I like to think of Duke Nukem Forever as the game that has single-handedly changed gaming forever, not necessarily in a good way, but in a way that has changed the way we work in this industry. I have never seen so much press about a game, and to be fair, there has never been a game that has taken over a decade to finally see the light of day. It almost feels surreal that I am actually playing this game, again not because it is so good, but simply because no one actually believed it would ever be released. Without further ado, I begin something I didn’t think would happen in my lifetime; I am about to review Duke Nukem Forever.
For anyone living under a rock for the past 14 years, DNF is an offensive first-person shooter follow-up to the classic Duke Nukem 3D released in 1997. Saying the game went through development hell is an understatement; passed between engines and ideas for over a decade before finally being picked up by Gearbox and 2K Games. Now we finally have a chance to play through one of the industry’s longest running game development cycles, and I will be honest, the game feels as old and inconsistent as you would expect it to.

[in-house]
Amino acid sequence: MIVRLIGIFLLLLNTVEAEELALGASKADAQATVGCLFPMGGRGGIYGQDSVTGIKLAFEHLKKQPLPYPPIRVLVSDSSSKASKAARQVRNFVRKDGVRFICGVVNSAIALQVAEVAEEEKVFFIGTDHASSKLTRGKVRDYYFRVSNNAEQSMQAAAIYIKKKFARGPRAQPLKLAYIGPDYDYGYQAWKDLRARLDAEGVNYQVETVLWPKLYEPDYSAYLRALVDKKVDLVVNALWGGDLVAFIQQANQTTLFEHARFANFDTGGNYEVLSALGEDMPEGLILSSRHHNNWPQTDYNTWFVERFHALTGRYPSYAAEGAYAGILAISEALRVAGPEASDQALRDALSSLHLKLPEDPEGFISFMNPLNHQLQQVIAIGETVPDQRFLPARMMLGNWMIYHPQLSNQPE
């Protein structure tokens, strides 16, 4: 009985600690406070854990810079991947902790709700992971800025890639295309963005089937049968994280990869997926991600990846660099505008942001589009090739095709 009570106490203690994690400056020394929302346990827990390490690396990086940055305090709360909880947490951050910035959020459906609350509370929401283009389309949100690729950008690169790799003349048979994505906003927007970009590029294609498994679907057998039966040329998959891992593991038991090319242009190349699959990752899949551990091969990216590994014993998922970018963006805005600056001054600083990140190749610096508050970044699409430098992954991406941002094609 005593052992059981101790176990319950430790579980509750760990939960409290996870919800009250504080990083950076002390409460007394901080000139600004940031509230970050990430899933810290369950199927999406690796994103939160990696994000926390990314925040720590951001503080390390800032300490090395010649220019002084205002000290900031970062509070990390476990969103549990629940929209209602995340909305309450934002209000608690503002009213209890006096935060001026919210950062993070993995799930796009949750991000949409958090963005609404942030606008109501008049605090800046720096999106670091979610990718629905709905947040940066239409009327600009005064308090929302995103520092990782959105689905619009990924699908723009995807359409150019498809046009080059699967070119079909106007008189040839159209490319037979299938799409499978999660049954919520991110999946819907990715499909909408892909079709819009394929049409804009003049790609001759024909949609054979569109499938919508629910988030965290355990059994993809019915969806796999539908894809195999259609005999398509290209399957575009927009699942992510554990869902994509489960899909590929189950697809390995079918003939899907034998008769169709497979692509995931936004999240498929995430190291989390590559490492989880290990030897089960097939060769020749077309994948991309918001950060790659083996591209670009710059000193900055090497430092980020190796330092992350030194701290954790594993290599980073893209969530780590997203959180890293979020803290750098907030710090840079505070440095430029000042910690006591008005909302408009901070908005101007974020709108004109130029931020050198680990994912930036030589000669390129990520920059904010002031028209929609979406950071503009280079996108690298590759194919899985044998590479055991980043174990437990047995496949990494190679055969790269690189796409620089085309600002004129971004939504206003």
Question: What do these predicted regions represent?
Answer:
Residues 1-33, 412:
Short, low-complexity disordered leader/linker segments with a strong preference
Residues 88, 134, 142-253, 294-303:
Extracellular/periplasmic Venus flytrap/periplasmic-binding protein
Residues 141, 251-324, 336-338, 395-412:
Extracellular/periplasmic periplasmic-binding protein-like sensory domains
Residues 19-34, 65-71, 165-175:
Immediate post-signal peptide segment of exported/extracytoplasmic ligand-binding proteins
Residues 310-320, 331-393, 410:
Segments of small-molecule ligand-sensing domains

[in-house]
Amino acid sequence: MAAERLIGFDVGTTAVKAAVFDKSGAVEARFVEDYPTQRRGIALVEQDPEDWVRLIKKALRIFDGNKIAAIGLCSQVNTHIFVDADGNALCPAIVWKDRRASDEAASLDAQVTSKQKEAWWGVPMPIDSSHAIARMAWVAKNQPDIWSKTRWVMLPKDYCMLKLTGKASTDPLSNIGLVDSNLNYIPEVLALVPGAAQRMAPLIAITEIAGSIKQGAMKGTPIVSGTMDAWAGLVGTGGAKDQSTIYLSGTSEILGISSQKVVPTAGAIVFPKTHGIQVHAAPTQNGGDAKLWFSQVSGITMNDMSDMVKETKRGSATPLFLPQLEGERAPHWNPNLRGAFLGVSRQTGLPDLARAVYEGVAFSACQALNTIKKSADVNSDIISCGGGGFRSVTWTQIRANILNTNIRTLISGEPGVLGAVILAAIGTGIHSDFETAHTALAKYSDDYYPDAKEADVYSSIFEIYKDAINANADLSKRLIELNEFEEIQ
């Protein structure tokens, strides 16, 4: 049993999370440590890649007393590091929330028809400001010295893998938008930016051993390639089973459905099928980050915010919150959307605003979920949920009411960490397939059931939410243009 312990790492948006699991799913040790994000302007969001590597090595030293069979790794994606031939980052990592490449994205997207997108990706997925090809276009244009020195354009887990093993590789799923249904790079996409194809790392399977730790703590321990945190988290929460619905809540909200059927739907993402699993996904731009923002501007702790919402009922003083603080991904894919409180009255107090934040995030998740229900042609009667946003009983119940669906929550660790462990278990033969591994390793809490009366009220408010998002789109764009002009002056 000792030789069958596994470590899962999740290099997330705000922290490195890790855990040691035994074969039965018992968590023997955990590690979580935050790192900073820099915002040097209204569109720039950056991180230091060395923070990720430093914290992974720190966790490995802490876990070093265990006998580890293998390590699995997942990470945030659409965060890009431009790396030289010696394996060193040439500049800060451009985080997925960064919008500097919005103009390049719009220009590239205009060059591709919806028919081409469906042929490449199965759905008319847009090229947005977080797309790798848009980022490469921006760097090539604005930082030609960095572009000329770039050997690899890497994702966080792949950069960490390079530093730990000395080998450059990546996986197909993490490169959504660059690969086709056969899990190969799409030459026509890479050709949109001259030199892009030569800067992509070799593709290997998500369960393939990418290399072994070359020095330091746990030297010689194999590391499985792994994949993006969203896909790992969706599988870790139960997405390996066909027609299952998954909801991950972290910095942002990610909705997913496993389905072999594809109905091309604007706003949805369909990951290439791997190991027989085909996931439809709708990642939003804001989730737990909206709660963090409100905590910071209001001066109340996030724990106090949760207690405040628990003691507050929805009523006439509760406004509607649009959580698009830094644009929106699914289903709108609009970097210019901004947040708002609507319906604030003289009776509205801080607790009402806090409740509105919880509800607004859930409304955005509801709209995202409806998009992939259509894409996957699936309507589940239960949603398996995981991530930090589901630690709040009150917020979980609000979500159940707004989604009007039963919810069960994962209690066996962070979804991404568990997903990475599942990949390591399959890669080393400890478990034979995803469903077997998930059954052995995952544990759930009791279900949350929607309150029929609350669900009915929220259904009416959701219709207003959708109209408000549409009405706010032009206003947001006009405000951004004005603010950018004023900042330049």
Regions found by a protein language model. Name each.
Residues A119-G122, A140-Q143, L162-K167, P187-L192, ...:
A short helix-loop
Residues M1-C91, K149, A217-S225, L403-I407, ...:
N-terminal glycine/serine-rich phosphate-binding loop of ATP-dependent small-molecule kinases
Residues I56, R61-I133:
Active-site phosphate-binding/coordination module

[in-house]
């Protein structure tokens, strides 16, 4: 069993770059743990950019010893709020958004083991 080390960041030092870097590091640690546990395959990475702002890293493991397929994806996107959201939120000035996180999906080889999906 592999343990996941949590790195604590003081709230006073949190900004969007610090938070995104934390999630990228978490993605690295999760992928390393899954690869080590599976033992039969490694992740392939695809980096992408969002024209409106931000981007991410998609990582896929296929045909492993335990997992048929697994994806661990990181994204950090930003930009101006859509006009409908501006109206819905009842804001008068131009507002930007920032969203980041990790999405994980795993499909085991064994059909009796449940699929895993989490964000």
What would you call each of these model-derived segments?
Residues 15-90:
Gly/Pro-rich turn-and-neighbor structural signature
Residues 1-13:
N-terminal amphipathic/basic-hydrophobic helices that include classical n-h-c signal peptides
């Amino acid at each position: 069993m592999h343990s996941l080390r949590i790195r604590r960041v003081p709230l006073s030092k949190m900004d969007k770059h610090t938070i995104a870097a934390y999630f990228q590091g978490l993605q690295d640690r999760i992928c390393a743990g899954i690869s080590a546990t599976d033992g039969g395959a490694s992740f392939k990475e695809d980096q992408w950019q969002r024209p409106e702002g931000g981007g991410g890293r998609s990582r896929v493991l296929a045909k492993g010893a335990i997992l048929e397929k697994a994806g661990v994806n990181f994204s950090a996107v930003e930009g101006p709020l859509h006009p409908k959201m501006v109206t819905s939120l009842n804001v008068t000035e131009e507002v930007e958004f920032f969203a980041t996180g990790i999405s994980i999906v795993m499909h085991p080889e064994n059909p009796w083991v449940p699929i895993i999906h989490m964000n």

From start to finish, DNF is about one thing: kicking ass and chewing bubblegum. The plot is as thin as tracing paper. Duke is back after twelve years living the high life. Aliens return to steal the chicks, and that is when Duke springs to action. No one ever accused the series of having thought-provoking narratives, and Forever does little to change that. Each level feels like an amusement park ride with wacky locales including Duke Burger, The Duke Cave and of course, the local strip club. The first and second acts of the game offer up diversity and uniqueness in their environments, while the third act falls flat forcing you through gray corridors and narrow hallways leading up to the final battle.